- Color footage of Ginger Rogers at her home in Coldwater Canyon, which she designed and built after her divorce from Lew Ayres. The home movies showed Rogers with her natural auburn-colored hair – it was rare to see her in color, Kirste said, because she made few color feature films. The movie showed Rogers swimming (she swam every day, Kirste revealed), as well as playing with her dog and playing tennis. The tennis footage drew a loud laugh from the audience – Rogers’s opponent was a man smoking a pipe while playing!
- On location at the Hoboken, New Jersey, set of On the Waterfront, shot by an extra in the film. The footage showed stars Karl Malden and Lee J. Cobb, as well as director Elia Kazan; Kirste told the audience that there were also several bodyguards on set because “they weren’t sure how the longshoremen would perceive their portrayal” in the film.
- A 1957 visit to Disneyland showed a rare shot of Walt Disney smoking a cigarette – he usually did not allow himself to be photographed smoking.
- On location at Scrim Lake, New York, on the set of Marjorie Morningstar, on which a number of townspeople served as extras. The footage included a shirtless Gene Kelly and Martin Milner playing ping pong. (Yowza!) At the time of the shoot, we were told, the film’s star, Natalie Wood was being wooed by her soon-to-be-husband Robert Wagner. We could see several lacy, white spots on the movie – we learned that this was mold on the film, which served as a warning not to store film when damp.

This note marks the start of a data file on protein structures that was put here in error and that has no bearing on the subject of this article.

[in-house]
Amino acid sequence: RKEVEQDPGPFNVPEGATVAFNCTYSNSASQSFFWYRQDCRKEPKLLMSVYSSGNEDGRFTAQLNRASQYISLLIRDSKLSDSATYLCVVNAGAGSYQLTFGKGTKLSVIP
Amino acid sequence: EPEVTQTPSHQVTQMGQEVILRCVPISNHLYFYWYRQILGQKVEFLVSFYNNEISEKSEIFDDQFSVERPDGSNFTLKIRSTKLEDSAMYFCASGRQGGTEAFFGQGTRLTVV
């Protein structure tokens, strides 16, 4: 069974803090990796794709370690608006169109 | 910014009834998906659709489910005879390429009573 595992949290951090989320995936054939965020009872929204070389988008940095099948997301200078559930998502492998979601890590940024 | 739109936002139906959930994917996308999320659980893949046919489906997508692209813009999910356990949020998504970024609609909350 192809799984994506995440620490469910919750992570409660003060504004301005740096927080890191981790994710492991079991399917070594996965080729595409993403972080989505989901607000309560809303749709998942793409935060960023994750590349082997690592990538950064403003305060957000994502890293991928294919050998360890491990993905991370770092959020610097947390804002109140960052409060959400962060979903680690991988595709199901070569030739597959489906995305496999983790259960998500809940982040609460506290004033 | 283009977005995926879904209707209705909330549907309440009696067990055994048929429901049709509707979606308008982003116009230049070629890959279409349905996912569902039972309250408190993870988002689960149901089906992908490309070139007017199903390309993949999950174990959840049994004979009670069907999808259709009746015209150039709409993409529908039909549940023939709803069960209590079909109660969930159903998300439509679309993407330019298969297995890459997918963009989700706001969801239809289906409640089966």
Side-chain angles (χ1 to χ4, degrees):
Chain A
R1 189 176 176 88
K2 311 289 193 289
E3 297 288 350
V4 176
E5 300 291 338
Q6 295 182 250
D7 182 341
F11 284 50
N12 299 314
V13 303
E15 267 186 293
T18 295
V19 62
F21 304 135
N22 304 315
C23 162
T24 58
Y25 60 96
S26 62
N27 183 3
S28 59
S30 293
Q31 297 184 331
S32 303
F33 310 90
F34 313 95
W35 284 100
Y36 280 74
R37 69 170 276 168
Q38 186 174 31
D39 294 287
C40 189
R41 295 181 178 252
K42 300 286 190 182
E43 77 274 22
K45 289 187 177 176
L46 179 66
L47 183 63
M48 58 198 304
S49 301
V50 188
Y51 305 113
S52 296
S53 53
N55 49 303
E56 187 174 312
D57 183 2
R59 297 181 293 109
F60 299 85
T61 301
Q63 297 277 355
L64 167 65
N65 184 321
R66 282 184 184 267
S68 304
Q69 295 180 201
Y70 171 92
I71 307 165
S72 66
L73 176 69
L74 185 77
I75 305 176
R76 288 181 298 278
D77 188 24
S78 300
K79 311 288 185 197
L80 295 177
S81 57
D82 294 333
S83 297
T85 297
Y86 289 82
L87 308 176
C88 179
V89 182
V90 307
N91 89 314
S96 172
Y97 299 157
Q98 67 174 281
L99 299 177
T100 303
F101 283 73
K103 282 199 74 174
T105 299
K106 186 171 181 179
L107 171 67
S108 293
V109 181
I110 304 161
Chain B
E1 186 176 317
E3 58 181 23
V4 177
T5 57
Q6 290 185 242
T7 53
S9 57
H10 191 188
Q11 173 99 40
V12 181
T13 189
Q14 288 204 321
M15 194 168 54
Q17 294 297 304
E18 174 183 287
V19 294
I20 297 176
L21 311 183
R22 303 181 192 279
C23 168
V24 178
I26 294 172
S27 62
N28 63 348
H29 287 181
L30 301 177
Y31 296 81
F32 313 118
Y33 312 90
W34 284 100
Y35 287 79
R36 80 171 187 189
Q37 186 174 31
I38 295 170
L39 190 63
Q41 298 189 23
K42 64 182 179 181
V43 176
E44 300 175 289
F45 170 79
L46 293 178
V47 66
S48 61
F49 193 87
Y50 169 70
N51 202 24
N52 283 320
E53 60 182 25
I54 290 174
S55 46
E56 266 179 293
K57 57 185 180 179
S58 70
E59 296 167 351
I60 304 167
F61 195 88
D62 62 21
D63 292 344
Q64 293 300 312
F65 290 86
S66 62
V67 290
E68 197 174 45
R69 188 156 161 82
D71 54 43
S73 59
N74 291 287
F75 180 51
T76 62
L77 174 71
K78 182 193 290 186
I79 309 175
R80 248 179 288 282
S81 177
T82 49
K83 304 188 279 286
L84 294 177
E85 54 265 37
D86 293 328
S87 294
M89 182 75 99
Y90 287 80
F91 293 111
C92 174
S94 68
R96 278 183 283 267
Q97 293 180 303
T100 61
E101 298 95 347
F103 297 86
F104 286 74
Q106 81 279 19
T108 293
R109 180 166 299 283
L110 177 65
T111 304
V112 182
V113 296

The grand finale of the presentation featured an appearance by Tony Nicholas, son of Fayard Nicholas who, along with his brother Harold, formed the famed dancing group The Nicholas Brothers. Tony provided interesting details about numerous home movies featuring his father and uncle. “They never had a dance lesson in their lives. They taught themselves how to dance,” Tony said. “It was a joy for them to perform because they loved each other and loved to perform.” The footage included the following:
- Performance at the Cotton Club with Ethel Waters and Duke Ellington.
- Footage with Bill “Bojangles” Robinson, Tony’s godfather.
- In Rio DeJaneiro with their mother. The brothers made their first film with Carmen Miranda, who became a good friend, and was present at Harold’s wedding in 1942 to Dorothy Dandridge.
- Shots of the boys’ sister, Dorothy who, at age 95, lives in Hollywood.
- Footage of Tony as a child, dancing with Harold. (“I’m so glad they had that footage of me doing the splits on film,” Tony joked, “because I can’t do that anymore.”)